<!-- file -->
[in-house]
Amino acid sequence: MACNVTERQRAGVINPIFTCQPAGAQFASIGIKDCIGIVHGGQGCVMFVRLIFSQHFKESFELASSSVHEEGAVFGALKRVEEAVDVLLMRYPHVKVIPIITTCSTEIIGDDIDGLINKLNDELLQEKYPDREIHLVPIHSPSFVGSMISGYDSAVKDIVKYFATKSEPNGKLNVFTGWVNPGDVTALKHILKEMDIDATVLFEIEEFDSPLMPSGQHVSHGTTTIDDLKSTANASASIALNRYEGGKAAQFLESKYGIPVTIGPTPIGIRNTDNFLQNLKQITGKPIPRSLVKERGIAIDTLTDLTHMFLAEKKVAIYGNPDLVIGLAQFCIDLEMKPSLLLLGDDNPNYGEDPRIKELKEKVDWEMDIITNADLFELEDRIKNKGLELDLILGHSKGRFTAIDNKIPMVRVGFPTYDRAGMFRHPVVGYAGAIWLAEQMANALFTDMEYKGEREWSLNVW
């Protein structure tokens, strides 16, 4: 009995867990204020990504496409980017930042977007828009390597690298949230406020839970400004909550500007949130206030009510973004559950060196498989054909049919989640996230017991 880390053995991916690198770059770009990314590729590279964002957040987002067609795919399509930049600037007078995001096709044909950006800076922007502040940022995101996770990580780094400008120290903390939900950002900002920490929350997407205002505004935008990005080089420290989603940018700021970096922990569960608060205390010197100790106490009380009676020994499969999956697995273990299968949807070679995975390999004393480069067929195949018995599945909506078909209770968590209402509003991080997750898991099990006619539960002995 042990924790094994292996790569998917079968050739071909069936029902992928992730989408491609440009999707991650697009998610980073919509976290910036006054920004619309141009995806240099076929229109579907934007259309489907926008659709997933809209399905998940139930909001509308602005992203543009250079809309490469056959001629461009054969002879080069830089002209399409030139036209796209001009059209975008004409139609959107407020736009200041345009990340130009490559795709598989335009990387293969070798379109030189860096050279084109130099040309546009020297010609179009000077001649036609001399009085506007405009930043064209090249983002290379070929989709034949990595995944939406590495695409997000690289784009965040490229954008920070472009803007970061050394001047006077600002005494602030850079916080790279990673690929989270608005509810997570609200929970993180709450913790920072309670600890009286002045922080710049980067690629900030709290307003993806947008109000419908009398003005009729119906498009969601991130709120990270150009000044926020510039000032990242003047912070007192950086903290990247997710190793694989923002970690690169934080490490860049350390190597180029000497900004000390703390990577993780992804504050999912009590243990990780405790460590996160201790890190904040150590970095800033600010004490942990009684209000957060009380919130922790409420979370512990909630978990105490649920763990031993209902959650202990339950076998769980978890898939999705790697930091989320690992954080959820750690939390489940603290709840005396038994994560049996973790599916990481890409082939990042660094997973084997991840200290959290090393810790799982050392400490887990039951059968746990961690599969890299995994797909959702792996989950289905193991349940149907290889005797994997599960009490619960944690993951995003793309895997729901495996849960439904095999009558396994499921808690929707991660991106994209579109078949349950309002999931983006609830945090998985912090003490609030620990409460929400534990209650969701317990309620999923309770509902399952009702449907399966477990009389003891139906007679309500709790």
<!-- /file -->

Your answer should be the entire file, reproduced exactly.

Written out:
[in-house]
Amino acid sequence: MACNVTERQRAGVINPIFTCQPAGAQFASIGIKDCIGIVHGGQGCVMFVRLIFSQHFKESFELASSSVHEEGAVFGALKRVEEAVDVLLMRYPHVKVIPIITTCSTEIIGDDIDGLINKLNDELLQEKYPDREIHLVPIHSPSFVGSMISGYDSAVKDIVKYFATKSEPNGKLNVFTGWVNPGDVTALKHILKEMDIDATVLFEIEEFDSPLMPSGQHVSHGTTTIDDLKSTANASASIALNRYEGGKAAQFLESKYGIPVTIGPTPIGIRNTDNFLQNLKQITGKPIPRSLVKERGIAIDTLTDLTHMFLAEKKVAIYGNPDLVIGLAQFCIDLEMKPSLLLLGDDNPNYGEDPRIKELKEKVDWEMDIITNADLFELEDRIKNKGLELDLILGHSKGRFTAIDNKIPMVRVGFPTYDRAGMFRHPVVGYAGAIWLAEQMANALFTDMEYKGEREWSLNVW
């Protein structure tokens, strides 16, 4: 009995867990204020990504496409980017930042977007828009390597690298949230406020839970400004909550500007949130206030009510973004559950060196498989054909049919989640996230017991 880390053995991916690198770059770009990314590729590279964002957040987002067609795919399509930049600037007078995001096709044909950006800076922007502040940022995101996770990580780094400008120290903390939900950002900002920490929350997407205002505004935008990005080089420290989603940018700021970096922990569960608060205390010197100790106490009380009676020994499969999956697995273990299968949807070679995975390999004393480069067929195949018995599945909506078909209770968590209402509003991080997750898991099990006619539960002995 042990924790094994292996790569998917079968050739071909069936029902992928992730989408491609440009999707991650697009998610980073919509976290910036006054920004619309141009995806240099076929229109579907934007259309489907926008659709997933809209399905998940139930909001509308602005992203543009250079809309490469056959001629461009054969002879080069830089002209399409030139036209796209001009059209975008004409139609959107407020736009200041345009990340130009490559795709598989335009990387293969070798379109030189860096050279084109130099040309546009020297010609179009000077001649036609001399009085506007405009930043064209090249983002290379070929989709034949990595995944939406590495695409997000690289784009965040490229954008920070472009803007970061050394001047006077600002005494602030850079916080790279990673690929989270608005509810997570609200929970993180709450913790920072309670600890009286002045922080710049980067690629900030709290307003993806947008109000419908009398003005009729119906498009969601991130709120990270150009000044926020510039000032990242003047912070007192950086903290990247997710190793694989923002970690690169934080490490860049350390190597180029000497900004000390703390990577993780992804504050999912009590243990990780405790460590996160201790890190904040150590970095800033600010004490942990009684209000957060009380919130922790409420979370512990909630978990105490649920763990031993209902959650202990339950076998769980978890898939999705790697930091989320690992954080959820750690939390489940603290709840005396038994994560049996973790599916990481890409082939990042660094997973084997991840200290959290090393810790799982050392400490887990039951059968746990961690599969890299995994797909959702792996989950289905193991349940149907290889005797994997599960009490619960944690993951995003793309895997729901495996849960439904095999009558396994499921808690929707991660991106994209579109078949349950309002999931983006609830945090998985912090003490609030620990409460929400534990209650969701317990309620999923309770509902399952009702449907399966477990009389003891139906007679309500709790």